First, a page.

The US retail sector slumped unexpectedly in April as American consumers shied away from auto dealers and other retail outlets, government data showed on Wednesday.
The surprise dip at the start of the second quarter was led by a steep drop in sales of motor vehicles but other major retail segments also declined, including electronics outlets, building materials suppliers and online stores.
Weaker growth in retail spending could weigh on the economy in the second quarter.
Total sales of retail and food services fell 0.2 percent for the month to US$513.4 billion but the decline looked larger after an upward revision to March.
Economists had instead been expecting a 0.2 percent gain.
Compared to April of last year, sales were still up a solid 3.1 percent.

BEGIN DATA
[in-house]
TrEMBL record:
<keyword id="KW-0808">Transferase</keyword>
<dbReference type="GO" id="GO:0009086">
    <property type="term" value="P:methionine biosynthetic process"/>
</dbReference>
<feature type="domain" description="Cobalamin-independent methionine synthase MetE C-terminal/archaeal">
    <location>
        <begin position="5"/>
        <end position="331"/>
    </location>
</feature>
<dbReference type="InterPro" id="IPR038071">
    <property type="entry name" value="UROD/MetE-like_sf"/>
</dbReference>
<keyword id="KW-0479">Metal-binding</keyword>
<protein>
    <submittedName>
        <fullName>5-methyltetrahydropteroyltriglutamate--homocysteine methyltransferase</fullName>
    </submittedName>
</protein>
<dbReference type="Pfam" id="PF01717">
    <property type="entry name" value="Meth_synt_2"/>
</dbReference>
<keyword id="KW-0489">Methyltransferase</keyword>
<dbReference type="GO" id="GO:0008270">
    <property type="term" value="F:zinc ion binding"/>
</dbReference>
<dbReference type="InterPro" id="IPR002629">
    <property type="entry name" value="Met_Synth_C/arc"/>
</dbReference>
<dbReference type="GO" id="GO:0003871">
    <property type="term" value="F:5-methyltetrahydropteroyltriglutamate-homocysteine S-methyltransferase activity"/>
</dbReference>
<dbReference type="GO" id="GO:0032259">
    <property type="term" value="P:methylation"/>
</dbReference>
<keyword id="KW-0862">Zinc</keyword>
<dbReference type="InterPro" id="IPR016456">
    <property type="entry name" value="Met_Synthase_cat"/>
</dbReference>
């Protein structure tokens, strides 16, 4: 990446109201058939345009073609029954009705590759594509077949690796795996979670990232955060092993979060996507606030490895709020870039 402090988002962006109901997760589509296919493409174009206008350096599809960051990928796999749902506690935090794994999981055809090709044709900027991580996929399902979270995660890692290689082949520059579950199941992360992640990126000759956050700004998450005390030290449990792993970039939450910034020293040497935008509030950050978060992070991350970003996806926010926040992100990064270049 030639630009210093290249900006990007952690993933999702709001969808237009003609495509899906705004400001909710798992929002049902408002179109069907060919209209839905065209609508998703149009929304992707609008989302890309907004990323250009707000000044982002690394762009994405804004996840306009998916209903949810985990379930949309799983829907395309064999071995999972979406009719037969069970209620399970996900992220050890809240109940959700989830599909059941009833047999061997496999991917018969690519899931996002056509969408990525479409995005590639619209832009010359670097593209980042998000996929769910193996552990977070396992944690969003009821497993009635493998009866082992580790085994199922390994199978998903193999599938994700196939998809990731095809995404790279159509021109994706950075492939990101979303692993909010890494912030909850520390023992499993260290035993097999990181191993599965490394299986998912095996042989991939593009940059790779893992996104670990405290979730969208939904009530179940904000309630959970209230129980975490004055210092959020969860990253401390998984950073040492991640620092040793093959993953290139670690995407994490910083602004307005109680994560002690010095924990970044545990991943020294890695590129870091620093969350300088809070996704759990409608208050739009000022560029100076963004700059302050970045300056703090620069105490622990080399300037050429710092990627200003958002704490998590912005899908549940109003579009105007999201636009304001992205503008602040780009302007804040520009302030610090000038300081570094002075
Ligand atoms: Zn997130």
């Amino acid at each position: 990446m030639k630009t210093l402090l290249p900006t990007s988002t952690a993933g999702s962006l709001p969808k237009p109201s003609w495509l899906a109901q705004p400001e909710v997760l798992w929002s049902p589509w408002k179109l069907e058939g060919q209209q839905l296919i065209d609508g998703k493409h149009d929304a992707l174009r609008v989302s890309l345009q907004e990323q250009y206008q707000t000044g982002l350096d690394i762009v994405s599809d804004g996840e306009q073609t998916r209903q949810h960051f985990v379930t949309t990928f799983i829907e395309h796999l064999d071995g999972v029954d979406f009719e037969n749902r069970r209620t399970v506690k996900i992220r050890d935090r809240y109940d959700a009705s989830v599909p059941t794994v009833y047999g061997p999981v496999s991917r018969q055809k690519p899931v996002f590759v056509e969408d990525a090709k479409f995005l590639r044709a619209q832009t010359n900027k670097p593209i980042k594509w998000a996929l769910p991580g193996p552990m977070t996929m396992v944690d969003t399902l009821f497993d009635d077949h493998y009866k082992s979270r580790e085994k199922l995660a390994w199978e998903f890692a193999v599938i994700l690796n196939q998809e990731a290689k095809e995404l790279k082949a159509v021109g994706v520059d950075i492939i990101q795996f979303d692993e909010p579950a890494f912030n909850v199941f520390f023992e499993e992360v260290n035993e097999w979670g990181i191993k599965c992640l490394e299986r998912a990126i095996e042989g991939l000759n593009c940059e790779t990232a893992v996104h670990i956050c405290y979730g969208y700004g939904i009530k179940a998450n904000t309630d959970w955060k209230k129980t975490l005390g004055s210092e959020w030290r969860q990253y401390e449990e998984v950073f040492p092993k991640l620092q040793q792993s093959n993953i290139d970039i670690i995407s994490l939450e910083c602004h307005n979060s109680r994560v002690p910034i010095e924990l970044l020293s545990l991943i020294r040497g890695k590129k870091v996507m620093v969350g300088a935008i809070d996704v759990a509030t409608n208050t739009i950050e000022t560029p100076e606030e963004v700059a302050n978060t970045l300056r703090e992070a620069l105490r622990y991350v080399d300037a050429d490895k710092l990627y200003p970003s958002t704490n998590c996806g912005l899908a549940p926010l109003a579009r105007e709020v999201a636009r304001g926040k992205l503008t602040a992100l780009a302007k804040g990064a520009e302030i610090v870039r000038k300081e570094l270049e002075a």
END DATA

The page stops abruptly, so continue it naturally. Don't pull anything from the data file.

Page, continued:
Sales of cars, light trucks and parts fell 1.1 percent, giving back some of March's gain.
Excluding the volatile auto sector, however, sales rose a token 0.1 percent, far smaller than the 0.7 percent gain that economists had been expecting.
Furniture sales were flat while electronics and appliances fell 1.3 percent while sales of building materials sank 1.9 percent.
Meanwhile department stores and internet retailers switched places in the recent trend, with online sales falling 0.2 percent while long-suffering department stores - hollowed out in many places due to the popularity of internet shopping - rose 0.7 percent for the month.
Ian Shepherdson of Pantheon Macroeconomics said the soft numbers again clashed with higher chain store sales data for reasons that remained unclear but suggested the data could be revised higher.
"For now, though, these data mean that the second quarter started poorly," he said. (AFP)